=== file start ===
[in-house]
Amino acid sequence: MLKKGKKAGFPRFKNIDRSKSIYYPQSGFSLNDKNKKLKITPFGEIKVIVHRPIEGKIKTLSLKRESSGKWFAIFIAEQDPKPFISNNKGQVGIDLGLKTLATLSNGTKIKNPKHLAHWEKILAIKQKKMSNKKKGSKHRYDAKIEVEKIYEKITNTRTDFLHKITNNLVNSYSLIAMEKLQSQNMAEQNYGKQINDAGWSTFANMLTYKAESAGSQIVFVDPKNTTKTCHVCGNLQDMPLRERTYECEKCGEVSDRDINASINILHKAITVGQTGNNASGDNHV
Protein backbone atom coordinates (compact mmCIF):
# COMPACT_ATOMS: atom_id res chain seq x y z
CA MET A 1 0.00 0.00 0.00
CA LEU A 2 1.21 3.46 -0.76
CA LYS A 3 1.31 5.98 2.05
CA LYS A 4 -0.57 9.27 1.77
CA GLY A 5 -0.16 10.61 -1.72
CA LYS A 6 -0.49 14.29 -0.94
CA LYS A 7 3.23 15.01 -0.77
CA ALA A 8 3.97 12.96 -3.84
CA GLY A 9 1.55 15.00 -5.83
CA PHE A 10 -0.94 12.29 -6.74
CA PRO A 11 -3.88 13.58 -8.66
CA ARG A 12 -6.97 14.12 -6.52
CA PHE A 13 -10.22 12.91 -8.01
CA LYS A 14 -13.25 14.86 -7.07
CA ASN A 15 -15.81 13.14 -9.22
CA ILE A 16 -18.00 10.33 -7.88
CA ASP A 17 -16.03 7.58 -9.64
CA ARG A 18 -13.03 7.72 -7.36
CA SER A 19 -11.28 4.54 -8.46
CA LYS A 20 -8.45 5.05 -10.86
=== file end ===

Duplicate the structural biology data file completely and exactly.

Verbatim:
[in-house]
Amino acid sequence: MLKKGKKAGFPRFKNIDRSKSIYYPQSGFSLNDKNKKLKITPFGEIKVIVHRPIEGKIKTLSLKRESSGKWFAIFIAEQDPKPFISNNKGQVGIDLGLKTLATLSNGTKIKNPKHLAHWEKILAIKQKKMSNKKKGSKHRYDAKIEVEKIYEKITNTRTDFLHKITNNLVNSYSLIAMEKLQSQNMAEQNYGKQINDAGWSTFANMLTYKAESAGSQIVFVDPKNTTKTCHVCGNLQDMPLRERTYECEKCGEVSDRDINASINILHKAITVGQTGNNASGDNHV
Protein backbone atom coordinates (compact mmCIF):
# COMPACT_ATOMS: atom_id res chain seq x y z
CA MET A 1 0.00 0.00 0.00
CA LEU A 2 1.21 3.46 -0.76
CA LYS A 3 1.31 5.98 2.05
CA LYS A 4 -0.57 9.27 1.77
CA GLY A 5 -0.16 10.61 -1.72
CA LYS A 6 -0.49 14.29 -0.94
CA LYS A 7 3.23 15.01 -0.77
CA ALA A 8 3.97 12.96 -3.84
CA GLY A 9 1.55 15.00 -5.83
CA PHE A 10 -0.94 12.29 -6.74
CA PRO A 11 -3.88 13.58 -8.66
CA ARG A 12 -6.97 14.12 -6.52
CA PHE A 13 -10.22 12.91 -8.01
CA LYS A 14 -13.25 14.86 -7.07
CA ASN A 15 -15.81 13.14 -9.22
CA ILE A 16 -18.00 10.33 -7.88
CA ASP A 17 -16.03 7.58 -9.64
CA ARG A 18 -13.03 7.72 -7.36
CA SER A 19 -11.28 4.54 -8.46
CA LYS A 20 -8.45 5.05 -10.86